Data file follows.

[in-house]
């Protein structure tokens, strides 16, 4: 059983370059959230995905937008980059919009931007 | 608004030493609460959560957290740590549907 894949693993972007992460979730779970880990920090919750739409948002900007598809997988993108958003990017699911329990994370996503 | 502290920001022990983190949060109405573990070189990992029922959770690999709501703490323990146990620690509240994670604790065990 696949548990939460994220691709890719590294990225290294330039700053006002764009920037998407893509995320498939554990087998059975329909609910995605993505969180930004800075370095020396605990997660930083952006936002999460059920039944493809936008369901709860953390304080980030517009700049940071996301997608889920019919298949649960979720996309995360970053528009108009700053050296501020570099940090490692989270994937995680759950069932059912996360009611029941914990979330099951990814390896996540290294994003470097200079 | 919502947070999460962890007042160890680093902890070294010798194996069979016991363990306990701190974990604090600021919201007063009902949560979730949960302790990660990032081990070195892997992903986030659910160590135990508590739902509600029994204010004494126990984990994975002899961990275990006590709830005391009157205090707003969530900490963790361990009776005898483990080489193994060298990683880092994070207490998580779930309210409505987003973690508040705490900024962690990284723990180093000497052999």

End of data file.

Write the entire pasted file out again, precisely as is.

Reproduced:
[in-house]
């Protein structure tokens, strides 16, 4: 059983370059959230995905937008980059919009931007 | 608004030493609460959560957290740590549907 894949693993972007992460979730779970880990920090919750739409948002900007598809997988993108958003990017699911329990994370996503 | 502290920001022990983190949060109405573990070189990992029922959770690999709501703490323990146990620690509240994670604790065990 696949548990939460994220691709890719590294990225290294330039700053006002764009920037998407893509995320498939554990087998059975329909609910995605993505969180930004800075370095020396605990997660930083952006936002999460059920039944493809936008369901709860953390304080980030517009700049940071996301997608889920019919298949649960979720996309995360970053528009108009700053050296501020570099940090490692989270994937995680759950069932059912996360009611029941914990979330099951990814390896996540290294994003470097200079 | 919502947070999460962890007042160890680093902890070294010798194996069979016991363990306990701190974990604090600021919201007063009902949560979730949960302790990660990032081990070195892997992903986030659910160590135990508590739902509600029994204010004494126990984990994975002899961990275990006590709830005391009157205090707003969530900490963790361990009776005898483990080489193994060298990683880092994070207490998580779930309210409505987003973690508040705490900024962690990284723990180093000497052999």